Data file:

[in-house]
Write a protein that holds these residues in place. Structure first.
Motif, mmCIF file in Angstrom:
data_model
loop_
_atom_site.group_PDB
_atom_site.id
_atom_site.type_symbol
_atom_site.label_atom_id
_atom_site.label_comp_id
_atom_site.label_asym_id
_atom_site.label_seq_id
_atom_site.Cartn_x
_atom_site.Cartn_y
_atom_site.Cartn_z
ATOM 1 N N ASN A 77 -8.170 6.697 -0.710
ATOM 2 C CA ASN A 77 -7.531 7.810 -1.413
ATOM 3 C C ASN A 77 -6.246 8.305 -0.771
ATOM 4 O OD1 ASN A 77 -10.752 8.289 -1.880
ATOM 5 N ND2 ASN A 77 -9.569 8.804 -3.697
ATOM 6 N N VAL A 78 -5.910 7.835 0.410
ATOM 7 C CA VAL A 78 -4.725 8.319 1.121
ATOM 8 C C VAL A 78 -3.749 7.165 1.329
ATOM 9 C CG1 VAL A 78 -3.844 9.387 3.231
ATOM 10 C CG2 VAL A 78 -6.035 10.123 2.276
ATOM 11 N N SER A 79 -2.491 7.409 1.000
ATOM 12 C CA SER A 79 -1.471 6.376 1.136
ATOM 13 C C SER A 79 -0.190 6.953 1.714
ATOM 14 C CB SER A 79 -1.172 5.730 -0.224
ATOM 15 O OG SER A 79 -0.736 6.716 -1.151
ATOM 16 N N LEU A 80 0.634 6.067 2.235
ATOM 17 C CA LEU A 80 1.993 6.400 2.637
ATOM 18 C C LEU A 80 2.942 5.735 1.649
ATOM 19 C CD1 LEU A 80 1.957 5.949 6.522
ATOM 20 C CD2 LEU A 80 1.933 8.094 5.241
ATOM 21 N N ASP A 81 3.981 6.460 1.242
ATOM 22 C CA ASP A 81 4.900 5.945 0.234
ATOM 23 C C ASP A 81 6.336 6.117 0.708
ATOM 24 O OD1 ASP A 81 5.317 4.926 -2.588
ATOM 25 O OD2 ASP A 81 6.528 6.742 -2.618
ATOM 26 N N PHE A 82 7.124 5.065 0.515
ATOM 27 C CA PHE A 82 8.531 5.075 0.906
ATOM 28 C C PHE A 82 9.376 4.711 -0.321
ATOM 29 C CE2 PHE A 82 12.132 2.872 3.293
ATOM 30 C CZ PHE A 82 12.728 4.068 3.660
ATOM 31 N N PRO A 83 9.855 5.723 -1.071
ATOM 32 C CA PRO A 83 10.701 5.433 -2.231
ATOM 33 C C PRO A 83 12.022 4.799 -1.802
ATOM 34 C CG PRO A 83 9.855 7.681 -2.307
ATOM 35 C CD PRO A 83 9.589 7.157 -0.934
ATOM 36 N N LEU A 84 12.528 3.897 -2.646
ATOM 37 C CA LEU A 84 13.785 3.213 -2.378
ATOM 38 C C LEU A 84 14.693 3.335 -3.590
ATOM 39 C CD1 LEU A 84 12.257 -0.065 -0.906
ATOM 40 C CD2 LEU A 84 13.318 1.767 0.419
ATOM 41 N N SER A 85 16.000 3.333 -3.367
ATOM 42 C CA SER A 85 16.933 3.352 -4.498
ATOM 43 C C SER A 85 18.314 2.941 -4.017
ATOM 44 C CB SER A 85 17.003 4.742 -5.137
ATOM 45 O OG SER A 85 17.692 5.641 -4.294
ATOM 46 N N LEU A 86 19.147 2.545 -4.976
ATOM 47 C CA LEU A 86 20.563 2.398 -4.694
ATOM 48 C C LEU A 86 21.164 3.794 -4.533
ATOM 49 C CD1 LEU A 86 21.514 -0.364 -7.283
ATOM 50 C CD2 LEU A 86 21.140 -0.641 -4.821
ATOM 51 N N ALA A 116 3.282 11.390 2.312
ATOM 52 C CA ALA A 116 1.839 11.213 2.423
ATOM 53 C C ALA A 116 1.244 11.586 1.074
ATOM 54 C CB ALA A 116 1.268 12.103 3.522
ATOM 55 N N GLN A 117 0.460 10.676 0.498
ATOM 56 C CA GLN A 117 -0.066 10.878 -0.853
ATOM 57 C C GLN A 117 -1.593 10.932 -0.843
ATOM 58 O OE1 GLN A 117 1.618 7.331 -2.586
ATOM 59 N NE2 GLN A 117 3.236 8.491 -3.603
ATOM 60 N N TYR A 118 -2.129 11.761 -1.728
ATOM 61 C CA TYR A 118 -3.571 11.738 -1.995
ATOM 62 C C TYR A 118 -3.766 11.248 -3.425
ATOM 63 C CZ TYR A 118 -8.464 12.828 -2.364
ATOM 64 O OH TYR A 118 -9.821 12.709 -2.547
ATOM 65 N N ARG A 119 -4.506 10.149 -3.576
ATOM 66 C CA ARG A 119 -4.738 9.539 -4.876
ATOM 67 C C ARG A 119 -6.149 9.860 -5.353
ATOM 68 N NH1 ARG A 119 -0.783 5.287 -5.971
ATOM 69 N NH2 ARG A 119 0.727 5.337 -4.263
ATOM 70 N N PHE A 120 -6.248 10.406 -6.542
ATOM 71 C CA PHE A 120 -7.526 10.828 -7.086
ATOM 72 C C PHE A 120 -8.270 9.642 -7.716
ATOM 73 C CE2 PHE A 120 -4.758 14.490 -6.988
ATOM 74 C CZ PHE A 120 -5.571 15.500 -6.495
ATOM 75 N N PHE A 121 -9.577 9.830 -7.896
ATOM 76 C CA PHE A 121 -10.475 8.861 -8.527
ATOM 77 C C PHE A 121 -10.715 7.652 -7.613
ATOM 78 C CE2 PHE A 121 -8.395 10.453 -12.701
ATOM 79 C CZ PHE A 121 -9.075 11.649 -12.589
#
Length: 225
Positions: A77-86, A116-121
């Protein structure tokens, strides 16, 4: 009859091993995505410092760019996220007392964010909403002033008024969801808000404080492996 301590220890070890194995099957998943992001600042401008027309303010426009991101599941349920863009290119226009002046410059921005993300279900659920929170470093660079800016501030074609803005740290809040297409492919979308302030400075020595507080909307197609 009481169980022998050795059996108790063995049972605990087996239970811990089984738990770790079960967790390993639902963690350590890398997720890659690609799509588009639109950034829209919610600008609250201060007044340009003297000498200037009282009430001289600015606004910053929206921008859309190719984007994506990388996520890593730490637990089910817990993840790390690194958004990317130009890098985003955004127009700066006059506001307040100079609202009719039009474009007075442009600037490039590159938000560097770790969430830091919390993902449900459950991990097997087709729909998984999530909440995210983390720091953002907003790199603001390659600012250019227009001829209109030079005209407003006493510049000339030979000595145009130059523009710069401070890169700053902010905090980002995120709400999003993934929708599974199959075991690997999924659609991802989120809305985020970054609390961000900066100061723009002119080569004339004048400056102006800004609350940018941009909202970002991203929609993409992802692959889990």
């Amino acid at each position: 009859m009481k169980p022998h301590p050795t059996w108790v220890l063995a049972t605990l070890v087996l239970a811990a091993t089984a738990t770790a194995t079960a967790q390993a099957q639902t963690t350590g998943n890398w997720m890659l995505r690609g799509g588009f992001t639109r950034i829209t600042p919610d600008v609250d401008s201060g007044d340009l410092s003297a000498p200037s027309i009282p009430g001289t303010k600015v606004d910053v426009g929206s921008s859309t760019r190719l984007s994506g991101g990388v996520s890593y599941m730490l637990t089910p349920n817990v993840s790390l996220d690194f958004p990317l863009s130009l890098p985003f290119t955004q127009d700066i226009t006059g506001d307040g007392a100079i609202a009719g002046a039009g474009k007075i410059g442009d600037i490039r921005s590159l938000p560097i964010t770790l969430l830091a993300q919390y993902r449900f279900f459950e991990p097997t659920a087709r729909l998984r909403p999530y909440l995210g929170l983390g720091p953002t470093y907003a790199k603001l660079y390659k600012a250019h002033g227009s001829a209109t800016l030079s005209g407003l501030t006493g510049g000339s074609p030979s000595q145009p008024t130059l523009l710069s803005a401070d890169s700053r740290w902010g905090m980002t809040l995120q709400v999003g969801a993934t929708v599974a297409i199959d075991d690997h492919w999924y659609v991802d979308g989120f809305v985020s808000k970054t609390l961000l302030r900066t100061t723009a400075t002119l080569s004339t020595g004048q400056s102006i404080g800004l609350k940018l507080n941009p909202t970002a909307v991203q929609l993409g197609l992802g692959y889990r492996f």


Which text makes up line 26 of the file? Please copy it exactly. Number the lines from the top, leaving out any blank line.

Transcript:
ATOM 11 N N SER A 79 -2.491 7.409 1.000